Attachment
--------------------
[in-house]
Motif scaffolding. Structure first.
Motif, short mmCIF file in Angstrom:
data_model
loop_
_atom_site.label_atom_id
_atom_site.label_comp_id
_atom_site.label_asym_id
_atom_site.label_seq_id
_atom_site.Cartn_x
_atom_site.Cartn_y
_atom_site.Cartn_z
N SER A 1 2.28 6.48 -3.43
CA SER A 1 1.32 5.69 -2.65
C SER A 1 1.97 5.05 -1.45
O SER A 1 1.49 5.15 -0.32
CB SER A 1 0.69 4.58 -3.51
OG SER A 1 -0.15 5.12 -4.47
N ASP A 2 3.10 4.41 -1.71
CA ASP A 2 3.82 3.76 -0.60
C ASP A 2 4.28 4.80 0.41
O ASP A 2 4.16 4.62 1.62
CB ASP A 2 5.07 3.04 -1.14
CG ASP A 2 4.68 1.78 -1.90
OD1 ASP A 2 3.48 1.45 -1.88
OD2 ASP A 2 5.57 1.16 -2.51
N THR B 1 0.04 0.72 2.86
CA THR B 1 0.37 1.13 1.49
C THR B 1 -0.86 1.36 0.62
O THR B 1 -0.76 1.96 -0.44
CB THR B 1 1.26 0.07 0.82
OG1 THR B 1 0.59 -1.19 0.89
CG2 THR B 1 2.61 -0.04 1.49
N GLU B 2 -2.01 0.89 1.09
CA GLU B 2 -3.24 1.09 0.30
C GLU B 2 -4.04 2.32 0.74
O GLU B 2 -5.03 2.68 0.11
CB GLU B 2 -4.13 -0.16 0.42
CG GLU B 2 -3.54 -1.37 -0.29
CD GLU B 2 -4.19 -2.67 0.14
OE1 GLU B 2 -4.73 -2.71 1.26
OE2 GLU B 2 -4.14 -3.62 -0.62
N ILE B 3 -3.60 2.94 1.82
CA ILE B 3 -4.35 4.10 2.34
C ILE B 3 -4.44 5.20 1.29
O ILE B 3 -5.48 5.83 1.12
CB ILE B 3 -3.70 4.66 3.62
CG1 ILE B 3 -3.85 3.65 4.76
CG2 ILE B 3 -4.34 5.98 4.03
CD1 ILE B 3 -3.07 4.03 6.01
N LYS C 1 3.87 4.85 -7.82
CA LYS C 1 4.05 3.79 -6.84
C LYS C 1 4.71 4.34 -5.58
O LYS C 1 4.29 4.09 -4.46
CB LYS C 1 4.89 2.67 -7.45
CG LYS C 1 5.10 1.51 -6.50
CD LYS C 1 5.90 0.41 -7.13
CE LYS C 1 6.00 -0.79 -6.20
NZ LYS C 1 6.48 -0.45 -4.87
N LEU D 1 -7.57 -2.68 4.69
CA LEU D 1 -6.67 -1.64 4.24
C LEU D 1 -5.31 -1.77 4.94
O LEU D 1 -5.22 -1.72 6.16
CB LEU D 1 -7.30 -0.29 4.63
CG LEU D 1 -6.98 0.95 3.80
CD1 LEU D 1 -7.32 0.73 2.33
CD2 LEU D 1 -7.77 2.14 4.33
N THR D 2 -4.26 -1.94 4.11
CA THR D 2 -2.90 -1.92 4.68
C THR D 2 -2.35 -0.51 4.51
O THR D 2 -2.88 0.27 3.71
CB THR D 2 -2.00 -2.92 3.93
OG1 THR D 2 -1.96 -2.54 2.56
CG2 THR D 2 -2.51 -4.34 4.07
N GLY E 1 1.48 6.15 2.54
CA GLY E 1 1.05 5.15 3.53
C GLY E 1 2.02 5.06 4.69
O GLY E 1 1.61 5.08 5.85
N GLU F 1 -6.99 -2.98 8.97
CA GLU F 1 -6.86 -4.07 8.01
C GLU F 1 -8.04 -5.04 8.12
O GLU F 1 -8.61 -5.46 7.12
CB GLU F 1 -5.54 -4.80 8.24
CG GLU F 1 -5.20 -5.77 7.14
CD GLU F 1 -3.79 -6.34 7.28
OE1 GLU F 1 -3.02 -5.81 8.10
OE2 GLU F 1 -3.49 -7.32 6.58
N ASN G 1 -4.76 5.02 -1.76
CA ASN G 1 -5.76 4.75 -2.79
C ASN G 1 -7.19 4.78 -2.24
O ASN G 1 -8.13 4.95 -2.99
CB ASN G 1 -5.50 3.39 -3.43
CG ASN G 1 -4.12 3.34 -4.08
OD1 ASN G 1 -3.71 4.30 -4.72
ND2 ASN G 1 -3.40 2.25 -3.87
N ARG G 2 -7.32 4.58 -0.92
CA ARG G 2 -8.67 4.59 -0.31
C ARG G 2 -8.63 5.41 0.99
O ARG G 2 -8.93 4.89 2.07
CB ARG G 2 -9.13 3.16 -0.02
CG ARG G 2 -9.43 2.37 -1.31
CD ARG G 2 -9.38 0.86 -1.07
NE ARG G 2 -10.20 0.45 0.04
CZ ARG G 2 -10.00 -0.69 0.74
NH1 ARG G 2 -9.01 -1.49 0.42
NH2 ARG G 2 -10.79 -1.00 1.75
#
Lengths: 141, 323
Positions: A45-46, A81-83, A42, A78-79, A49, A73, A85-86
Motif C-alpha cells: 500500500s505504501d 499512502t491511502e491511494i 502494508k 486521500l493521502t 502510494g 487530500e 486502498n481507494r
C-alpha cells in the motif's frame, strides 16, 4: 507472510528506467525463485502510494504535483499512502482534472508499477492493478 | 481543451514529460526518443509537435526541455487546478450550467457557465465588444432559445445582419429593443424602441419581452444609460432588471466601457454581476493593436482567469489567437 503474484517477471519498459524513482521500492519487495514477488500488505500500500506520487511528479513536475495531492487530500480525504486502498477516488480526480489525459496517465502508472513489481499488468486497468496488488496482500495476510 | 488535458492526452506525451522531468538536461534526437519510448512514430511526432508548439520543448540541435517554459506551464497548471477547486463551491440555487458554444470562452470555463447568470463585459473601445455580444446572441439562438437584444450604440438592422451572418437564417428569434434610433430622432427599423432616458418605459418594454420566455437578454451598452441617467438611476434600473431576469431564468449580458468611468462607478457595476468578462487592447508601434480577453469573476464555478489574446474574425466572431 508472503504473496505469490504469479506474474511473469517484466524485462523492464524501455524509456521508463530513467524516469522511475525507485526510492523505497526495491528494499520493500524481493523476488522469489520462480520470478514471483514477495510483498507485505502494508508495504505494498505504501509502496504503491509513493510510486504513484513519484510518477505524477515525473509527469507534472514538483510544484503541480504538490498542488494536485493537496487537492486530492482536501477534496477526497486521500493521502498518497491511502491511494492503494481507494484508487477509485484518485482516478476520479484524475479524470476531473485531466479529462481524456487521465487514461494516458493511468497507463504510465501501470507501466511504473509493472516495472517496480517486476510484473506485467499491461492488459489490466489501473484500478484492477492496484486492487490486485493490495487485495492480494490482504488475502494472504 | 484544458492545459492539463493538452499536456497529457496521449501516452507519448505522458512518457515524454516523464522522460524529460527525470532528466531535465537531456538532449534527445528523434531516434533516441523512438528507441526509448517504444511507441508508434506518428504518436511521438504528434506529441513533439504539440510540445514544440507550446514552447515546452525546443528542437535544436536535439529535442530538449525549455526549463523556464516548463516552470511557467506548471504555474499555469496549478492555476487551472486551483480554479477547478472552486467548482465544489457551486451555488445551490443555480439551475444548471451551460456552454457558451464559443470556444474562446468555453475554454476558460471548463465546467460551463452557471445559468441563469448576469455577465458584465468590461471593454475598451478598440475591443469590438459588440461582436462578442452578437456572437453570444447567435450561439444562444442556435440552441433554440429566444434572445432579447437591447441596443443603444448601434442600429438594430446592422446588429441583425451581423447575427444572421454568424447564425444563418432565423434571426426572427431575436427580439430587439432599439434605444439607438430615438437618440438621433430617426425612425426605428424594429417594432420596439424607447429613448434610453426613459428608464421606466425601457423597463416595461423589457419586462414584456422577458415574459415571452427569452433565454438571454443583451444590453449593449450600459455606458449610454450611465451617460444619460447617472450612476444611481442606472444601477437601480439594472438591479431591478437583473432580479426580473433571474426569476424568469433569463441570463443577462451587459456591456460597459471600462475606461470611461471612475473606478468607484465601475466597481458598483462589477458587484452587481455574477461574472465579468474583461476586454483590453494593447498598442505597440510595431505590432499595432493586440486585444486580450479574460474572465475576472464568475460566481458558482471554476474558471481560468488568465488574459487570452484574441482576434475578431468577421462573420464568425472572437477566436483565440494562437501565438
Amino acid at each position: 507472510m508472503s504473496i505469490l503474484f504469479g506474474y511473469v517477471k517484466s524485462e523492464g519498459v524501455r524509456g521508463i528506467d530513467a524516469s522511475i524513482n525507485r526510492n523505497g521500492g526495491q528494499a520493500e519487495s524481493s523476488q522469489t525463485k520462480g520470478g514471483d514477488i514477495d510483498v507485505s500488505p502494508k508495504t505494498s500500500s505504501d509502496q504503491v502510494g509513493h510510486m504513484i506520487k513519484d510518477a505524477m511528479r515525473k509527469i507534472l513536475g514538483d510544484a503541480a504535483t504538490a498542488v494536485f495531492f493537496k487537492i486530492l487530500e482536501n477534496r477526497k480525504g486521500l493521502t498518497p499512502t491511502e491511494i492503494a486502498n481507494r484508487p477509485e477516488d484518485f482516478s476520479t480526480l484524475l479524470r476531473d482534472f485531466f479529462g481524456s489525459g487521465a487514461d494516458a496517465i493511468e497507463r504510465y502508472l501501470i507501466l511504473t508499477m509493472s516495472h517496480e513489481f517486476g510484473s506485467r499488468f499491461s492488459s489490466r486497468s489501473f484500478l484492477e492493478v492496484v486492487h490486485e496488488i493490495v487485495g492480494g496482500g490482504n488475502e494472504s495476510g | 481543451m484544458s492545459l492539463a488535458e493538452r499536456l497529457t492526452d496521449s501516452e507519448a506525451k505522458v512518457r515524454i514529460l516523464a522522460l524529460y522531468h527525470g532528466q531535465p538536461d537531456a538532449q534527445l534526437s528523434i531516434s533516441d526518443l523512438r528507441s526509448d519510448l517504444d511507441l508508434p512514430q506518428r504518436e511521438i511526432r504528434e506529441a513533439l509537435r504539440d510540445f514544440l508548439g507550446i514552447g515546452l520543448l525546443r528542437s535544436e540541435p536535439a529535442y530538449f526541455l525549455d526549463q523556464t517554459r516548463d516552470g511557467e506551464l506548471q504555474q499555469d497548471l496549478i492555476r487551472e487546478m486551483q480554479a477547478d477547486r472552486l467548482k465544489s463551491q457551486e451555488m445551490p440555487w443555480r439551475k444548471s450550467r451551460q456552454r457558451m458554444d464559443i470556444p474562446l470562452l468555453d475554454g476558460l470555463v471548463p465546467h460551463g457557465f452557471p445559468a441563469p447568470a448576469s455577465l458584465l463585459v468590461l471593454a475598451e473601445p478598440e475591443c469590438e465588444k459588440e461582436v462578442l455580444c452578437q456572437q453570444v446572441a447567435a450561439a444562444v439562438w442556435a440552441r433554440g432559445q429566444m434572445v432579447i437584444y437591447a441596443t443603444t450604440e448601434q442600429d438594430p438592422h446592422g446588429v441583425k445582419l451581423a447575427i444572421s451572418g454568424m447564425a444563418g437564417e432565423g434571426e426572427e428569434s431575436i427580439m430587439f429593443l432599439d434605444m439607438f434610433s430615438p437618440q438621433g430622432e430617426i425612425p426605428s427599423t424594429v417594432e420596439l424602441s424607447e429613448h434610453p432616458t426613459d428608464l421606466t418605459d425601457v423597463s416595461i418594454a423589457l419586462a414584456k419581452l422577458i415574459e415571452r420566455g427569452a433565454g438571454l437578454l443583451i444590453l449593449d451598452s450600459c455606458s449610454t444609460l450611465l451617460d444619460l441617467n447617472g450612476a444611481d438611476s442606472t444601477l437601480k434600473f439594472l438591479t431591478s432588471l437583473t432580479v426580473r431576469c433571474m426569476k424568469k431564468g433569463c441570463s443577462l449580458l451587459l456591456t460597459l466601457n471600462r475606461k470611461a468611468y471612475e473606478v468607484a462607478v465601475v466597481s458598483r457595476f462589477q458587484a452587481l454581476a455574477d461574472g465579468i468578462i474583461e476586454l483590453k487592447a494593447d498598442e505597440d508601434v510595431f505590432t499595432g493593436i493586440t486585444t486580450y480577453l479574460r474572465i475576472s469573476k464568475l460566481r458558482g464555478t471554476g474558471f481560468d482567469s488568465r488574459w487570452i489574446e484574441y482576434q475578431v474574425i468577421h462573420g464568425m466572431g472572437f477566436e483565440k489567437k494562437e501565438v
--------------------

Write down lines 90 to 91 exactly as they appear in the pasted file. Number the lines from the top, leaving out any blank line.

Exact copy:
C ASN G 1 -7.19 4.78 -2.24
O ASN G 1 -8.13 4.95 -2.99